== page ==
In thirty years of covering (as an author/journalist) and working on (as an entrepreneur/activist) both ecological issues and technological breakthroughs, I’ve come to the conclusion that the greatest environmental threat we now face is the sad fact that, for the most part, environmentalists and technologists refuse to speak to one another.
This has long made me crazy. One example comes to mind. When I was researching Abundance, I was on the phone with one of the world’s leading experts in water. He told me that no matter what happened, no matter what technology was utilized, Sub-Saharan Africa was still totally screwed. “Totally screwed?” I replied, “What about vertical farming, which can grow crops with 80 percent less water, or in-vitro meat, I mean, half the water in the US goes to grow grain that feeds cattle.”
There was a long pause and finally the water expert looked at me and said: “What are vertical farms and in-vitro meat?”
My point exactly.
But for the very first time, there’s a bit of hope on the horizon—hope comes in the form of a new species of chestnut trees.
The old species—the classic American chestnut—is nearly extinct. In the early 1900s, the fungus Cryphonectria parasitica was imported to the U.S. via Asian chestnut trees. The results were devastating. By the 1950s, most of the four billion chestnuts trees that once blanketed the US—providing, among other things, a great, rot-resistant hardwood for use in things like fence posts, railroad car and log cabins—were completely gone.
All this, though, is starting to change. A 20-year project in cutting-edge biotechnology is bringing these trees back from the brink—marking the very first time biotechnology has been used to combat extinction.
Researchers at the American Chestnut Research and Restoration Project, led by William Powell and Charles Maynard of New York University in Syracuse, have created a genetically modified version of the American chestnut that is completely fungus-resistant. Known as “Darling4,” these homebrewed trees contain the wheat gene OxO, which produces an enzyme that blocks the acid the fungus uses to attack the trees. Even better, after long years of work, the trait appears heritable.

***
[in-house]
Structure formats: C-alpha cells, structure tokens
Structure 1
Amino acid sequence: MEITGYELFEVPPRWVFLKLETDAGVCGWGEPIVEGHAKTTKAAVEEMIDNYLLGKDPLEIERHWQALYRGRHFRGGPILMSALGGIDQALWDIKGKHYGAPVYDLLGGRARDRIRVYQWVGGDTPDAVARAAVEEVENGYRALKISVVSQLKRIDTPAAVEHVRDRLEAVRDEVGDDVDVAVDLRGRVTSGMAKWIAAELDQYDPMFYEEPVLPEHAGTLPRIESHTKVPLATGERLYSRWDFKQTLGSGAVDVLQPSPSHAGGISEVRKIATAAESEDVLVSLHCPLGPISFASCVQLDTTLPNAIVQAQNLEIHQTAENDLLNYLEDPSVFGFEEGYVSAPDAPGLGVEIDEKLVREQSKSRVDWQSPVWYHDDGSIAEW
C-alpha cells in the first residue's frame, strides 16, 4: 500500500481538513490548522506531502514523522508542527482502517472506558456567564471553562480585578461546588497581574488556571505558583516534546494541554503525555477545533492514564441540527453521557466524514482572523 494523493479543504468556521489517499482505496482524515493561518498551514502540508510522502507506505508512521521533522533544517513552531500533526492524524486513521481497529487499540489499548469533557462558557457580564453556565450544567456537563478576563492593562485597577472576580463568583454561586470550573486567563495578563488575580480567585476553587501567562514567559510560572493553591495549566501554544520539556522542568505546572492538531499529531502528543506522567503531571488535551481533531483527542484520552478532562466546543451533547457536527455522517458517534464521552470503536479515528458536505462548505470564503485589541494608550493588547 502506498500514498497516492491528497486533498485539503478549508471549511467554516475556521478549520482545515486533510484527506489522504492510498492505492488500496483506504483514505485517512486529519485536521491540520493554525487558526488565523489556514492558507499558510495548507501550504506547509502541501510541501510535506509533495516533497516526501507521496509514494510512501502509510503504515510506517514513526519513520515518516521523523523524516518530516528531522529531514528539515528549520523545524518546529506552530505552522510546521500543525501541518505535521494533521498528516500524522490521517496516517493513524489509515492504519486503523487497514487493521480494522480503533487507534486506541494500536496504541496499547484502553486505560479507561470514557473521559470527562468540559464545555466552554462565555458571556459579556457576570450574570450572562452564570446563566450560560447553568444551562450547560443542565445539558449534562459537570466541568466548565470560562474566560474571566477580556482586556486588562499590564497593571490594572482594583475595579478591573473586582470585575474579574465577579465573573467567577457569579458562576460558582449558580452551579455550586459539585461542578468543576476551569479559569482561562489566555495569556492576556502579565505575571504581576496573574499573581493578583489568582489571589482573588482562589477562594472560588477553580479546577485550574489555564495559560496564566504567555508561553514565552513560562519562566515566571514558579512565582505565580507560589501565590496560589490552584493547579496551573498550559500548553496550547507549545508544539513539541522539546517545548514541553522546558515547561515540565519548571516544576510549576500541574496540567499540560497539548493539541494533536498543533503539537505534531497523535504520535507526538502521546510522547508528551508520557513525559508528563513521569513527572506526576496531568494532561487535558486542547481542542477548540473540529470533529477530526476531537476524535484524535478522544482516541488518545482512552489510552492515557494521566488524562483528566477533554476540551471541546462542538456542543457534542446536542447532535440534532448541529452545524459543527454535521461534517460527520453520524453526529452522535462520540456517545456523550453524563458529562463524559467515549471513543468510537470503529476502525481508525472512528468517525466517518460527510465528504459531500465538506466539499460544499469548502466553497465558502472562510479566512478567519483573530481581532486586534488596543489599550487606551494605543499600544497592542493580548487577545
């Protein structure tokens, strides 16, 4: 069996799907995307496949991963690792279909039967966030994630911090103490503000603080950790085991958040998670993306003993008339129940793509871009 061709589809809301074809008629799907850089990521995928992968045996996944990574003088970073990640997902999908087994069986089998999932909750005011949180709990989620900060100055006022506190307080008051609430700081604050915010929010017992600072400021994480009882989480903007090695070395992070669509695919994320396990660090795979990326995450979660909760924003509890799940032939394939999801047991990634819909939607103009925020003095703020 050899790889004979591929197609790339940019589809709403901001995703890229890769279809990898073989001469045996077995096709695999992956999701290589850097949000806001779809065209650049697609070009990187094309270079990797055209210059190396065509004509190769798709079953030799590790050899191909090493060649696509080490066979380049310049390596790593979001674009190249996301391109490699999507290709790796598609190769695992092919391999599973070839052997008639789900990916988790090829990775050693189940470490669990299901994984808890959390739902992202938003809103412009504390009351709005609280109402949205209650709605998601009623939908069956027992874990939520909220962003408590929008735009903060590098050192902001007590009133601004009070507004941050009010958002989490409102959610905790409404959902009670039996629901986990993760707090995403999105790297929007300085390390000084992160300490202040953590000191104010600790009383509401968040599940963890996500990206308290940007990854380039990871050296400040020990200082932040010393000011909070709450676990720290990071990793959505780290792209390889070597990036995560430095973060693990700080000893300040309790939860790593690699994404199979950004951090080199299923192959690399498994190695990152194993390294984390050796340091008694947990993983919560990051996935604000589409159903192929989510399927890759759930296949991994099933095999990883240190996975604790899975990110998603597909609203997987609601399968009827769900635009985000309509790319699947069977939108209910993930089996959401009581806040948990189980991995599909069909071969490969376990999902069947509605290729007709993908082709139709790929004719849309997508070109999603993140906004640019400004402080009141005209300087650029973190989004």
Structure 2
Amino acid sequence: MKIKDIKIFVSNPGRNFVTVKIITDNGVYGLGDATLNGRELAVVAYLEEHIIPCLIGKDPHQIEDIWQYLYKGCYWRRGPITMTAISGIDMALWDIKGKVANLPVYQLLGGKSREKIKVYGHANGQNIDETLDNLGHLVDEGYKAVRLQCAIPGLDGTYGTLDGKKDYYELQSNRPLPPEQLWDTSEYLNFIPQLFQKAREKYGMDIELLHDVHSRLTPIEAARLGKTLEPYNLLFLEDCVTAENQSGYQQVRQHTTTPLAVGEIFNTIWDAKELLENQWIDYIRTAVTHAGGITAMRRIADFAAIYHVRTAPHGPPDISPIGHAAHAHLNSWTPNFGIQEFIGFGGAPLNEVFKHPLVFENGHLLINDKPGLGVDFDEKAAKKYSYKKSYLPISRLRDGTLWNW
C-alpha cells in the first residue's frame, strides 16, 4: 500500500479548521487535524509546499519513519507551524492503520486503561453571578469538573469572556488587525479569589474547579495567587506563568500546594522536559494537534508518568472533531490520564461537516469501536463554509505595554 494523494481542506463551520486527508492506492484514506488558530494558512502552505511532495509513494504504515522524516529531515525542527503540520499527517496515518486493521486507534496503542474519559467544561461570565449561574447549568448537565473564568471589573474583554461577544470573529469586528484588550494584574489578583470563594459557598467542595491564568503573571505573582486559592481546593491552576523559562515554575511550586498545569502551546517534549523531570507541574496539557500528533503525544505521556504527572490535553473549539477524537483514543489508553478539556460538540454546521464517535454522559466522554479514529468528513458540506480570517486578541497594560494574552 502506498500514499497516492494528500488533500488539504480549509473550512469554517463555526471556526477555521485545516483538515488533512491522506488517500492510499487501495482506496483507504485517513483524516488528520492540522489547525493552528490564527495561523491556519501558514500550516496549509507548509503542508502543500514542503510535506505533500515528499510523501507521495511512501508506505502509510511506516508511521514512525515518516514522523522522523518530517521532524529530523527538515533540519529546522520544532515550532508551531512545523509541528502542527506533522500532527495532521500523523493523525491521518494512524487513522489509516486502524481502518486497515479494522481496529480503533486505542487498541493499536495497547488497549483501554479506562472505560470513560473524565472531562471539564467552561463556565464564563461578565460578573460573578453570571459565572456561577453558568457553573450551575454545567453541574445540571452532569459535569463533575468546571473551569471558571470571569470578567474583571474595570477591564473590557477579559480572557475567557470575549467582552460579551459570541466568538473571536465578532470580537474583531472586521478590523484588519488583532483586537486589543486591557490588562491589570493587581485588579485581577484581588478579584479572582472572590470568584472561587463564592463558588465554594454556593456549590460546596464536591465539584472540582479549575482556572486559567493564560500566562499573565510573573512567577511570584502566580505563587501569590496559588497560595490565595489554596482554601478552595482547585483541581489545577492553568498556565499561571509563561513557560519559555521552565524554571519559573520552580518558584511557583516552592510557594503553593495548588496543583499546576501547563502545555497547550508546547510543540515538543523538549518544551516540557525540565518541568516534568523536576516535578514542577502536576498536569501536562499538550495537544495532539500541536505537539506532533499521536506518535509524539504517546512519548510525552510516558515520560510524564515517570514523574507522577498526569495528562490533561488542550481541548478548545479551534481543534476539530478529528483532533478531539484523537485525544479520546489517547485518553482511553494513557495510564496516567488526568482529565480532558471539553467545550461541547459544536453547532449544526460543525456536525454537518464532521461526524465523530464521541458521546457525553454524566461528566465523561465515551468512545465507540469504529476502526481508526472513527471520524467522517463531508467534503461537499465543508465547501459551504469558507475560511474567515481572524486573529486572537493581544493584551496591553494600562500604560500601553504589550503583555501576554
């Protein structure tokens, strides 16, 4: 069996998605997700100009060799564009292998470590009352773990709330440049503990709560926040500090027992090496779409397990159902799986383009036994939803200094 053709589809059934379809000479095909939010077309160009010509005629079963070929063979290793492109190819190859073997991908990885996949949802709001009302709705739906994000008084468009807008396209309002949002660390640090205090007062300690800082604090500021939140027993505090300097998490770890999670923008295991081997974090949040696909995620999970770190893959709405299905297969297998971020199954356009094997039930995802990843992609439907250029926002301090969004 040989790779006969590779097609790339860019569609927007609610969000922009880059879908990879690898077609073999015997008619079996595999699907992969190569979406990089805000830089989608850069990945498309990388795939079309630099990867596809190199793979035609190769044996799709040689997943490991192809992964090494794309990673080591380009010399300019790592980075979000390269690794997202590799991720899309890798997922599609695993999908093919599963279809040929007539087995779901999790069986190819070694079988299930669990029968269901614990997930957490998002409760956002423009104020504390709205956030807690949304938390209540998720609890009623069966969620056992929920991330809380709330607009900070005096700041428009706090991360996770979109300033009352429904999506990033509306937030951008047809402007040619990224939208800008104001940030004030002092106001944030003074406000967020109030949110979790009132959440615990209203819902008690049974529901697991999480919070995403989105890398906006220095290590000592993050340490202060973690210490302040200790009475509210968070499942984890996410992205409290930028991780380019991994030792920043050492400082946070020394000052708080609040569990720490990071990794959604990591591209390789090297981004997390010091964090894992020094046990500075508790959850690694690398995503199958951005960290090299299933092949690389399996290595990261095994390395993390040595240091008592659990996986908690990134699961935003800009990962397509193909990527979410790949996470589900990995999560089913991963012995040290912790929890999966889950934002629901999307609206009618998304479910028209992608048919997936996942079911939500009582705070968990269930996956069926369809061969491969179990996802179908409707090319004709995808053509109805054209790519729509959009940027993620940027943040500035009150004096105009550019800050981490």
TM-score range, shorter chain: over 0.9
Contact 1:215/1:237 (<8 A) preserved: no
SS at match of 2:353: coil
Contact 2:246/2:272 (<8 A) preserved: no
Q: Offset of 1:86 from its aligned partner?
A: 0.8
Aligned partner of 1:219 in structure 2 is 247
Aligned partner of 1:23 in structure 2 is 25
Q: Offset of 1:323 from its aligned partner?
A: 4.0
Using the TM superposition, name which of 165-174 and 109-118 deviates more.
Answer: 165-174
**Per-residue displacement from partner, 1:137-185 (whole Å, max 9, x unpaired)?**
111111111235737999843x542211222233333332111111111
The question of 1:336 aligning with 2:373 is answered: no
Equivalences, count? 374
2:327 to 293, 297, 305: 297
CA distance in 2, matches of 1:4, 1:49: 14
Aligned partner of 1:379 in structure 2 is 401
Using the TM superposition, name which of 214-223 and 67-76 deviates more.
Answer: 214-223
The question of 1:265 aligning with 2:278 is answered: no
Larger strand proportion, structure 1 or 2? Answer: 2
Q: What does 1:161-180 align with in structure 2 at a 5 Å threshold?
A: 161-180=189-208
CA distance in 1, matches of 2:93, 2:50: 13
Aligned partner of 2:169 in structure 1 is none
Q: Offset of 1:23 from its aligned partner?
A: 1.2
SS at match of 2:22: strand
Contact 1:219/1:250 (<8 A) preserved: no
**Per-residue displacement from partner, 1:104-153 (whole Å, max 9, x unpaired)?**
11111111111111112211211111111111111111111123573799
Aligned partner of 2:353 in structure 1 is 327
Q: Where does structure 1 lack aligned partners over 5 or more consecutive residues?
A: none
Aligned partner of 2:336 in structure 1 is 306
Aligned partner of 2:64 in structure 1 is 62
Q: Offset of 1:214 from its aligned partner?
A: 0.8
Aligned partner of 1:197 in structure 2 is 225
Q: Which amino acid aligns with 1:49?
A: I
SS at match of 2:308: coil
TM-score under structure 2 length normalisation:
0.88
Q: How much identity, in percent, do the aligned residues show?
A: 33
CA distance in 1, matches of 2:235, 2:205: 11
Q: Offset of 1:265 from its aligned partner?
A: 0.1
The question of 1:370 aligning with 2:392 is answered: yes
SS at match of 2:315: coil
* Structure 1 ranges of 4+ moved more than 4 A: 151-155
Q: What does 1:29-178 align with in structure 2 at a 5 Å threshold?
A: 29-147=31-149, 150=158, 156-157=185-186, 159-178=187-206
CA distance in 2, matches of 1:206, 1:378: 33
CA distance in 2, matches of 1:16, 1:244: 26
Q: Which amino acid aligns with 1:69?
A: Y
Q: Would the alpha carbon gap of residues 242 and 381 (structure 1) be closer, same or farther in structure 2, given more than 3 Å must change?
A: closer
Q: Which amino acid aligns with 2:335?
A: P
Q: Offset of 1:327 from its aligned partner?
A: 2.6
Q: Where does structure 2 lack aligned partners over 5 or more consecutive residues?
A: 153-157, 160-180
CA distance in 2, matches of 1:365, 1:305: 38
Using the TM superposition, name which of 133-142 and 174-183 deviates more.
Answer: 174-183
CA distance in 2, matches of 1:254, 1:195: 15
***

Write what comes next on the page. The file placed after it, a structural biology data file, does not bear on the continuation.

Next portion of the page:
This is a huge step forward. It will hopefully move ecology beyond its too often far-Luddite position and put it in line with current thinking about agriculture—thinking UC Davis plant pathologist Pamela Ronald well-summarized in the Economist:
A premise basic to almost every agricultural system (conventional, organic, and everything in between) is that seed can only take us so far. The farming practices used to cultivate the seed are equally important. GE crops alone will not provide all the changes needed in agriculture. Ecologically based farming systems and other technological changes, as well as modified government policies, undoubtedly are also required. Yet. . . there is now a clear scientific consensus that GE crops and ecological farming practices can coexist, and if we are serious about building a future sustainable agriculture, they must.
This co-existence is critical to the future of the environment as well. And the chestnut is bringing this issue to the fore. Since 2006, scientists have been growing over 1000 of these GE-trees in contained plots, but now they are applying to the US government for permission to move them into the wild. No question about it, the approval process could be sticky. Not only does the EPA and the Department of Agriculture have to approve this wild-release tree, but because the chestnuts are edible—and because there’s no way for wild chestnut trees to come with the kind of ‘Contains GMO’ labeling that states like Vermont now demand—the FDA will also get to weigh in as well.
But if these trees prove safe (meaning they won’t destroy wild environments etc.), then not introducing them into the wild for unfounded fears about GMO (too long to go into all this here, but let’s just say over a billion GMO meals have been served and no cases of illness has ever turned up and, probably more germane here, despite widespread panic about the dangers of GMO crops to the natural world, turns out, after over 50 years of research, these crops are seriously environmentally-beneficial).
Put differently, current global extinction rates are 1000 times higher than normal. Two of the largest drivers of those horrifying numbers are deforestation and threats from invasive species (like the Chinese chestnut that brought fungus to America). Not using biotechnology to combat these threats is going to take away the largest advantage we have in fighting these threats. It’s like cutting off our nose to spite, not just our face, but the whole rest of our body.
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[Credit: Wikipedia, biotech and forest images courtesy of Shutterstock]